A former Marine suspected of killing a 30-year-old woman after she left a Costa Mesa restaurant has been charged with murder 43 years later, authorities said Friday.
Eddie Lee Anderson, 66, is charged with one count of murder with a special allegation of rape, according to the Orange County district attorney’s office. The criminal complaint was filed in Orange County Superior Court on May 24, the day Anderson was arrested at his home in River Ridge, La. The file is under seal pending his extradition to California, the district attorney’s office said.
Anderson is in the custody of the Plaquemines Parish Sheriff’s Office in Louisiana and was scheduled for an extradition hearing Friday, authorities said.
Anderson is accused in the death of Leslie Penrod Harris, who disappeared the night of May 17, 1976, and was found strangled hours later.
Harris argued with her husband before leaving a Costa Mesa restaurant alone around 8:30 p.m., saying she would take a taxi back to the hotel where they were staying, the Los Angeles Times reported at the time. But she never made it there. She was found dead at about 4:30 the next morning near Marine Corps Air Station El Toro, The Times reported. Military police found Harris’ nude body lying on a roadway just outside the air base’s perimeter.
The Marine base has since been decommissioned, and Irvine’s Great Park was built on part of it.
The Times reported that Harris and her husband, John, were staying at the Airporter Inn in Irvine. They had recently moved to the area, according to the Orange County Sheriff’s Department. It’s unclear where they moved from.
The Times reported that Harris’ husband filed a missing-person report with the Costa Mesa Police Department, leading to Harris’ identification.
At the time, investigators believed the killer was connected to the air base because Harris’ body was discovered in an area unknown to the general public, the Sheriff’s Department said in a news release Thursday announcing Anderson’s arrest. However, authorities had no suspects and the case went cold.
Investigators tried to revive the case in 1997 and 2016 following advancements in DNA analysis, but no matches to the evidence collected were found, authorities said.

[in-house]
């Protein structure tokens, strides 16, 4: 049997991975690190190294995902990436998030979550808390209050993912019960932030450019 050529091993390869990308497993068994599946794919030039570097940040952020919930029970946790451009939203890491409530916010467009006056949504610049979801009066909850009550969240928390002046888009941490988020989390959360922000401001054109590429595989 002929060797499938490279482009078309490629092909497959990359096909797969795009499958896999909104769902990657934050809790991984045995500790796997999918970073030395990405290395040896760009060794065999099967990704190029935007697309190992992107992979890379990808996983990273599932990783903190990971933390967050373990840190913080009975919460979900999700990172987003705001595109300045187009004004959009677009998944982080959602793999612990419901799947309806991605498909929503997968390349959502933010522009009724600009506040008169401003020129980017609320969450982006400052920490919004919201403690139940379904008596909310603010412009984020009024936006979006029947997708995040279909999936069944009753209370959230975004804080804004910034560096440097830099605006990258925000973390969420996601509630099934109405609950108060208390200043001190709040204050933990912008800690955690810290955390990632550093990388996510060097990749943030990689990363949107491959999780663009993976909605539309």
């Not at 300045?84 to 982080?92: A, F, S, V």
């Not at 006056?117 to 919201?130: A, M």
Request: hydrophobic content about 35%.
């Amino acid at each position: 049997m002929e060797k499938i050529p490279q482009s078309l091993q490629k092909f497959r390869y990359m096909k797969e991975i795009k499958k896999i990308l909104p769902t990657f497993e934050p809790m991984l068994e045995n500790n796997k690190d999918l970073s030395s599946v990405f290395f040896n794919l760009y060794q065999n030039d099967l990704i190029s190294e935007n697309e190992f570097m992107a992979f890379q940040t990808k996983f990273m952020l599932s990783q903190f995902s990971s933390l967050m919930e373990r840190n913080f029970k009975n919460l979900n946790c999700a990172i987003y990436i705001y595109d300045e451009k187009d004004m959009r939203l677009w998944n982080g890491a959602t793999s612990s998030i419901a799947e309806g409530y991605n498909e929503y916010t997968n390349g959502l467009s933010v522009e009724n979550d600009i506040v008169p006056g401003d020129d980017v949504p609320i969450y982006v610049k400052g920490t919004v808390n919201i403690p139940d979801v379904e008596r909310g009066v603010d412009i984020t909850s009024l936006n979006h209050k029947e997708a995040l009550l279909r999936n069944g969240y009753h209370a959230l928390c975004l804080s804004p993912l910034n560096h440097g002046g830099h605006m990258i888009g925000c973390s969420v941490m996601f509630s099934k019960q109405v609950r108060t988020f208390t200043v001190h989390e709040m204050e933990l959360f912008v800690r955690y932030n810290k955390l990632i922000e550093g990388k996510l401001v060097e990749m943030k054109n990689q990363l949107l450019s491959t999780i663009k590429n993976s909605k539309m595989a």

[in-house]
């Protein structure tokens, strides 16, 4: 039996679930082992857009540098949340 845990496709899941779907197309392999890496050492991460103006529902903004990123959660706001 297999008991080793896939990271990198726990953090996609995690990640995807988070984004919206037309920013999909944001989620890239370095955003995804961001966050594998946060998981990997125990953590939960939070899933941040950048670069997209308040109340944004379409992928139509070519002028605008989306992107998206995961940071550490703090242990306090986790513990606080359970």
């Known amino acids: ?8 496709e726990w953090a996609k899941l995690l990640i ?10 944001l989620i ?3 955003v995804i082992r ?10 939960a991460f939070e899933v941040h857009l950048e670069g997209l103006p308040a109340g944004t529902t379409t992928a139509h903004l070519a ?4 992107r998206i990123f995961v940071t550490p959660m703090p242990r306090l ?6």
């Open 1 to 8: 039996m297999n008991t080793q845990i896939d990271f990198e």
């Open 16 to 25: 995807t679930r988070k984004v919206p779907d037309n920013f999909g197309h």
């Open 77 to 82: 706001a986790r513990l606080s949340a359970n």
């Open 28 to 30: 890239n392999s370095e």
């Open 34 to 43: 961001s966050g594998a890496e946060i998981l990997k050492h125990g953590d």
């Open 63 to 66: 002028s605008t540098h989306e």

In 2018, the Orange County Homicide Task Force began using genealogy tools to try to identify a suspect in Harris’ killing. Genealogical DNA testing seeks to find a person’s genealogical relationships or estimate his or her ethnic mixture.
Earlier this year, a lead enabled investigators to build a genealogy profile, and county homicide investigators, with the help of the FBI’s Investigative Genealogy Unit, were able to identify Anderson as a person of interest. FBI officials declined to comment Friday about the methods used to identify Anderson.
Further investigation led authorities to determine that Anderson had been enlisted in the Marines and lived at the El Toro base in the early 1970s. At the time Harris was killed, he lived less than a mile from the restaurant she visited the night of her death, officials said.
Further information about Anderson’s military service was not immediately available Friday.
Orange County sheriff’s officials traveled to Louisiana last week to interview him. He was arrested after volunteering to provide a DNA sample, authorities said.
“Through both traditional DNA and genealogical DNA, we now have the opportunity to solve decades-old cases that would have otherwise been left unsolved,” Orange County District Attorney Todd Spitzer said in a statement Thursday. “These victims and their families have been waiting for justice for decades, and the addition of genealogical DNA is now helping us to advance our efforts to achieve justice for crime victims.”
Genealogical DNA techniques also were used this year to identify James Alan Neal as the suspect in the 1973 killing of 11-year-old Linda Ann O’Keefe in Newport Beach.
Investigators asked that anyone with information about the Harris case call Orange County Crime Stoppers at (855) 847-6227.
© 2019 the Daily Pilot (Costa Mesa, Calif.)
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